Jim Burton’s Chicken Salad

There were four widowers when I first met them, now there are three.  Jim, Bill and Don go out to eat every evening, and depending on which day of week it is, once you get to know them you know where to find them: Tuesday at Fatz, Wednesday at Pizza Inn,  Thursday at Beef O’Bradys, etc.  Just don’t look for them after 6:00 p.m. as they start arriving for dinner about 4:30 or 5:00.

Jim, who gave me this recipe, is still cooking and sharing his very delicious recipes with me and other friends as he doesn’t go out as often due to his health.

CHICKEN SALAD

2             Cans chicken breast (Sam’s Club has good ones)
4             Hard boiled eggs
2             TBL Hellman’s mayonnaise (or more to taste)
2             TBL Duke brand sandwich relish
2             TBL JFG or other sandwich spread
2             TBL Mt. Olive sweet pickle cubes – chopped
Chopped green onions to taste

Drain chicken put into a bowl.  Chop well
Peel and chop eggs.  Add to bowl
Add other ingredients and mix well

Serves 4-6   people

I hope you enjoy this recipe as much as I do,

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Doe Mountain Recreational Area in Johnson County, TN

View from Iron Mountain Inn B&B

Red sunset reflecting on Doe Mountain TN

The valley formed by the Watauga River was known for hundreds of years by the local Native Americans for its fertile soil and clear abundant water sources.  Legend has it when Daniel Boone stopped in this fertile valley he shot a doe for food and so named the valley Doe Valley and the creek where he quenched his thirst became Doe Creek.  Today it still provides water and fishing for the local inhabitants.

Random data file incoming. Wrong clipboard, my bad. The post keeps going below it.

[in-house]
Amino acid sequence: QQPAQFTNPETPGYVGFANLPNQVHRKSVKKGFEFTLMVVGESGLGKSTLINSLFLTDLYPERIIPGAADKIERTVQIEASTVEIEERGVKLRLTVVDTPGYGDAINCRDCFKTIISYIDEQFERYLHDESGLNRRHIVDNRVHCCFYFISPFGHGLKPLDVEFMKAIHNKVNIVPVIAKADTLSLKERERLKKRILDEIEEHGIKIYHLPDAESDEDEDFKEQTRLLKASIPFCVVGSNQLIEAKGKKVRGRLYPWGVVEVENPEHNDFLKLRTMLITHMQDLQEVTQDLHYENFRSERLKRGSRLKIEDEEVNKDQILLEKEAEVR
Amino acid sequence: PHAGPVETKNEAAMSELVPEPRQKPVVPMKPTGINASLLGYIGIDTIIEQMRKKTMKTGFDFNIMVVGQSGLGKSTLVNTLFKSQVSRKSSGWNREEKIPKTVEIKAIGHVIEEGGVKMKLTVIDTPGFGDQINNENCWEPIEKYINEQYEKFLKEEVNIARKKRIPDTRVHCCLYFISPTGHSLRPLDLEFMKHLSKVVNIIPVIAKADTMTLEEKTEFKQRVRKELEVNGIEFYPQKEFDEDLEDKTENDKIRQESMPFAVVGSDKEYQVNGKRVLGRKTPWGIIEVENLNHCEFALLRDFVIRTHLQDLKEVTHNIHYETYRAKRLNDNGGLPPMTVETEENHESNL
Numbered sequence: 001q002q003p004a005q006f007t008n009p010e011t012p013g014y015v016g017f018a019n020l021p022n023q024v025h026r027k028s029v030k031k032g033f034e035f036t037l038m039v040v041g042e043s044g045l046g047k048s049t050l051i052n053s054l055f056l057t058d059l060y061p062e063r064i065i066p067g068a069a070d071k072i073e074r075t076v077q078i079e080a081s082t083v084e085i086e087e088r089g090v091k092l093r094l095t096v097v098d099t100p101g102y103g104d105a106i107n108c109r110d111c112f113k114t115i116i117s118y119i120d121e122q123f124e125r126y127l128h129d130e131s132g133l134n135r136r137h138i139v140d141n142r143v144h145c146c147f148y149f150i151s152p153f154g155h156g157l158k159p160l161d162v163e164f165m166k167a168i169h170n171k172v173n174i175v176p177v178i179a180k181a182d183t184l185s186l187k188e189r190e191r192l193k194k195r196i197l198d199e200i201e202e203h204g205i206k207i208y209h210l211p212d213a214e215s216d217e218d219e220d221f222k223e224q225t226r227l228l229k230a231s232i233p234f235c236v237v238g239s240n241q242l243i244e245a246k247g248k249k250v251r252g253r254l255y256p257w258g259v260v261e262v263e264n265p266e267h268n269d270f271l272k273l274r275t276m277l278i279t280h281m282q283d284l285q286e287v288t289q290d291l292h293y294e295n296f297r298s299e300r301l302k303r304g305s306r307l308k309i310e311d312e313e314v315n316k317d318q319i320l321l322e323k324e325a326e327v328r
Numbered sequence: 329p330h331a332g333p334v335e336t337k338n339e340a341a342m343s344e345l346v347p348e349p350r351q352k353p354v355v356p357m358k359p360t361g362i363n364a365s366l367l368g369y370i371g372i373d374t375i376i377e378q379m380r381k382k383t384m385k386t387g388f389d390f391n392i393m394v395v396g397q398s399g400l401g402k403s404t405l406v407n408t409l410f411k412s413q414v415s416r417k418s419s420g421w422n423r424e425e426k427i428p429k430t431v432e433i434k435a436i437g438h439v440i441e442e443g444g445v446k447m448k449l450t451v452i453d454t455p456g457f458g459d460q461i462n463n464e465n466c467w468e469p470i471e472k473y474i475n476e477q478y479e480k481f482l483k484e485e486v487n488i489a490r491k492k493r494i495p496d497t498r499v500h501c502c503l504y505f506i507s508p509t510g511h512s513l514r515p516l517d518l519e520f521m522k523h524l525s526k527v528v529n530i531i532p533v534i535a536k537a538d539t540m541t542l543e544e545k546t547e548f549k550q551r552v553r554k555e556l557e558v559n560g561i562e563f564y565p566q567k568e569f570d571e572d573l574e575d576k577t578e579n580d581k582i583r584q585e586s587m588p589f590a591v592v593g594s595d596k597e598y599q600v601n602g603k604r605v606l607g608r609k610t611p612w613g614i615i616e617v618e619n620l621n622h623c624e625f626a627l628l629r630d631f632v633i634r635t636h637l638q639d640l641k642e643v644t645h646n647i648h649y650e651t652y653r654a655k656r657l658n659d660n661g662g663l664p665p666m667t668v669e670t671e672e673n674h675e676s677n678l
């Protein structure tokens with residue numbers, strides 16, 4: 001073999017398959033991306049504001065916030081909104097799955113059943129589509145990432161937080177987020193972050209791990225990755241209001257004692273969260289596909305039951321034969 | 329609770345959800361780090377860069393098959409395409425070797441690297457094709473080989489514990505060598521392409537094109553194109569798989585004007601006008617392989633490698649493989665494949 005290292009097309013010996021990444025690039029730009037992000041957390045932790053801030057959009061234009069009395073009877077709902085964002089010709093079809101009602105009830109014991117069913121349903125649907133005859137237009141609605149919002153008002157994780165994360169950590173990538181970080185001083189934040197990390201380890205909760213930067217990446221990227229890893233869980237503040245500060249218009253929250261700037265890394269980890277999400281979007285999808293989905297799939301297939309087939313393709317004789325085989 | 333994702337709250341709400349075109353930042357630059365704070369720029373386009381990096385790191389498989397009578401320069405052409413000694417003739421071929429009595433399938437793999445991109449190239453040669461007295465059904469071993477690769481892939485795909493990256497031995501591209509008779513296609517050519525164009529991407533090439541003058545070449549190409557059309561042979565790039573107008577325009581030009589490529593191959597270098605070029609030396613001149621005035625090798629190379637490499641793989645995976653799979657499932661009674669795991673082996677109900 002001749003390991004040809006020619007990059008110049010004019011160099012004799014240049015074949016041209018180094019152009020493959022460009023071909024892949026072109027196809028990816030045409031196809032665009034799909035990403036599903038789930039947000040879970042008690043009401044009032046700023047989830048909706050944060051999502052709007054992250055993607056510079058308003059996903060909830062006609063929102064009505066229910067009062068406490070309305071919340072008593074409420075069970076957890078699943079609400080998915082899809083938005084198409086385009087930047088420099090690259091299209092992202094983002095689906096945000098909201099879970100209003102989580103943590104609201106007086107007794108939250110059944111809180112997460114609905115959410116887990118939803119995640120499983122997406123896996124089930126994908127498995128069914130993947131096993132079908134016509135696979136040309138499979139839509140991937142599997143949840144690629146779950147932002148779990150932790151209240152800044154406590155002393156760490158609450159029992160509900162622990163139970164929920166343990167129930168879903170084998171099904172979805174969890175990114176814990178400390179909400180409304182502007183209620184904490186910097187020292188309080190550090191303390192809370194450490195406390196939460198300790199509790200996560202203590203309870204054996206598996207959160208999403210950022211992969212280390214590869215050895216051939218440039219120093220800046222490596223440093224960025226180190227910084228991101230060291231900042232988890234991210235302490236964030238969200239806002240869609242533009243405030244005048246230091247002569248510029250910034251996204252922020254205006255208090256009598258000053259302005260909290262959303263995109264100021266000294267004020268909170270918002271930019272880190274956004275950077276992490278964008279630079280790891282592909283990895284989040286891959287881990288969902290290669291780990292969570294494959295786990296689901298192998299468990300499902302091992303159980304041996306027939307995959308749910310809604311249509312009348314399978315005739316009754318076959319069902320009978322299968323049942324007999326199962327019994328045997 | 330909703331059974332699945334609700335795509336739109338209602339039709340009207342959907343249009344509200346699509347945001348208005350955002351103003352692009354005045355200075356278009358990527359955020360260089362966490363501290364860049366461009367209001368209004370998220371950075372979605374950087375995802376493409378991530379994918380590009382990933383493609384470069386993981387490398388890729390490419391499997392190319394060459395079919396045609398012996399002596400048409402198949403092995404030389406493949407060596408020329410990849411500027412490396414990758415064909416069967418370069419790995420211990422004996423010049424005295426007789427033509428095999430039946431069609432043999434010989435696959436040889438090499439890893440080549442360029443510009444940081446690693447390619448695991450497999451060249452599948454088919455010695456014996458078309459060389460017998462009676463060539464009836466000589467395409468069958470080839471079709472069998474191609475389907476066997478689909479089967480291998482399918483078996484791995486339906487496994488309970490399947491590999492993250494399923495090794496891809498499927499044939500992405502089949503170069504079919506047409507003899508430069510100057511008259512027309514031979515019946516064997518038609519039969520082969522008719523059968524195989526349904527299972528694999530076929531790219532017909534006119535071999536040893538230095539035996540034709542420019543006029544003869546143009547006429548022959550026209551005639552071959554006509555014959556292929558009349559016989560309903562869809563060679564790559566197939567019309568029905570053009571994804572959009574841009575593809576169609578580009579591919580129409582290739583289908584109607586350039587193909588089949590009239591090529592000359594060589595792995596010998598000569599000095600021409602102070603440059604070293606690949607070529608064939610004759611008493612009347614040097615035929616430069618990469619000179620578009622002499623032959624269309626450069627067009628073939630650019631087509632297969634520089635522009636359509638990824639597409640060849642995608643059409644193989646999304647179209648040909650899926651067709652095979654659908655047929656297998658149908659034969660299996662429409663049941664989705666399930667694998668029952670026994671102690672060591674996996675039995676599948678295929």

Reaching over 3000′ high on one side of the Watauga River was a mountain soon to be known as Doe Mountain. For many years this 8600 acre mountain was used as a wildlife management area as well as a place for the local hunters of Johnson County to hunt deer, turkey, and bear.  In about 2006 it was sold to a developer who planned to turn it into high end homes on secluded lots, build a large 20 acre pond for fishing and there was even talk about making a golf course on the mountain.

Then the recession arrived and the market fell out for second homes, especially high end ones and the developer went bankrupt.  Rumor had it that he had turned down $35M for the property a few months before the bottom dropped out.  Oops!
There the mountain sat.  Not bringing any tax income to the county which could have used it, not being used for hunting, hiking or anything else due to insurance concerns,  just sitting there waiting for someone to buy it from the bank.  Along came a timber company which offered the bank $1.5M with the intention of clear cutting the mountain.  ARGH!
Although this is a protected quarry, this is what the mountain might look like once all the trees were cut down and the stumps removed. Quarry shooting Luckily our county Mayor, Larry Potter, was not going to let this happen to an important natural resource right in the center of the county.
And so he began to search for funding to purchase the mountain and save it from destruction. Soon the Nature Conservancy became involved and agreed to purchase the mountain with the stipulation that the State of Tennessee would purchase the mountain from the Nature Conservancy and create a new entity, a Recreational Area which is not a state park to be run by a Board of Directors.
After many hours of hard work by many diverse groups of citizens working together, the mountain was saved. Now it is well on its way to becoming an area for outdoor enthusiasts from hiking to ATV riders; from mountain bikers to horseback riders; from recreational bike riders to walkers in a rehabilitation program.